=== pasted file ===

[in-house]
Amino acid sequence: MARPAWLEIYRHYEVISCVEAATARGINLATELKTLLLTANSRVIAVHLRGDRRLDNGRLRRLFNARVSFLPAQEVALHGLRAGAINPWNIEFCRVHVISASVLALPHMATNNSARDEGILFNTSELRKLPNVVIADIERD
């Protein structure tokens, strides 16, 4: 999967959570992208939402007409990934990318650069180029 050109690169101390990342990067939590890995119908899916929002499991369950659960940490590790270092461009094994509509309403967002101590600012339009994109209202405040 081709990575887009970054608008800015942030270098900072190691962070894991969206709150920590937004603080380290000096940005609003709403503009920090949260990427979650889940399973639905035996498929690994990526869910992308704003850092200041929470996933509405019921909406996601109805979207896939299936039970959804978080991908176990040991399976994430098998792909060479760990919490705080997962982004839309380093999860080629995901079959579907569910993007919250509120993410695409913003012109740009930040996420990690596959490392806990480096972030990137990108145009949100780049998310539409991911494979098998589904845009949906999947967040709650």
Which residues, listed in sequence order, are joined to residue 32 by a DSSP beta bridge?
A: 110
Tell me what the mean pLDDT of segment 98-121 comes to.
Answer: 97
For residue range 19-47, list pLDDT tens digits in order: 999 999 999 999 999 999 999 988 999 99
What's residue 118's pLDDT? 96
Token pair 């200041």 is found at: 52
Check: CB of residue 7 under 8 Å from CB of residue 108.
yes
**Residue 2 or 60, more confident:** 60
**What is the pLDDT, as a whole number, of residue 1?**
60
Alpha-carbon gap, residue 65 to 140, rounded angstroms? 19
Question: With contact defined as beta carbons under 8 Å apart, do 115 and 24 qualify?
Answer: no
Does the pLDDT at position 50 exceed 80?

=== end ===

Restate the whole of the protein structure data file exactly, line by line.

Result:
[in-house]
Amino acid sequence: MARPAWLEIYRHYEVISCVEAATARGINLATELKTLLLTANSRVIAVHLRGDRRLDNGRLRRLFNARVSFLPAQEVALHGLRAGAINPWNIEFCRVHVISASVLALPHMATNNSARDEGILFNTSELRKLPNVVIADIERD
């Protein structure tokens, strides 16, 4: 999967959570992208939402007409990934990318650069180029 050109690169101390990342990067939590890995119908899916929002499991369950659960940490590790270092461009094994509509309403967002101590600012339009994109209202405040 081709990575887009970054608008800015942030270098900072190691962070894991969206709150920590937004603080380290000096940005609003709403503009920090949260990427979650889940399973639905035996498929690994990526869910992308704003850092200041929470996933509405019921909406996601109805979207896939299936039970959804978080991908176990040991399976994430098998792909060479760990919490705080997962982004839309380093999860080629995901079959579907569910993007919250509120993410695409913003012109740009930040996420990690596959490392806990480096972030990137990108145009949100780049998310539409991911494979098998589904845009949906999947967040709650």
Which residues, listed in sequence order, are joined to residue 32 by a DSSP beta bridge?
A: 110
Tell me what the mean pLDDT of segment 98-121 comes to.
Answer: 97
For residue range 19-47, list pLDDT tens digits in order: 999 999 999 999 999 999 999 988 999 99
What's residue 118's pLDDT? 96
Token pair 């200041």 is found at: 52
Check: CB of residue 7 under 8 Å from CB of residue 108.
yes
**Residue 2 or 60, more confident:** 60
**What is the pLDDT, as a whole number, of residue 1?**
60
Alpha-carbon gap, residue 65 to 140, rounded angstroms? 19
Question: With contact defined as beta carbons under 8 Å apart, do 115 and 24 qualify?
Answer: no
Does the pLDDT at position 50 exceed 80?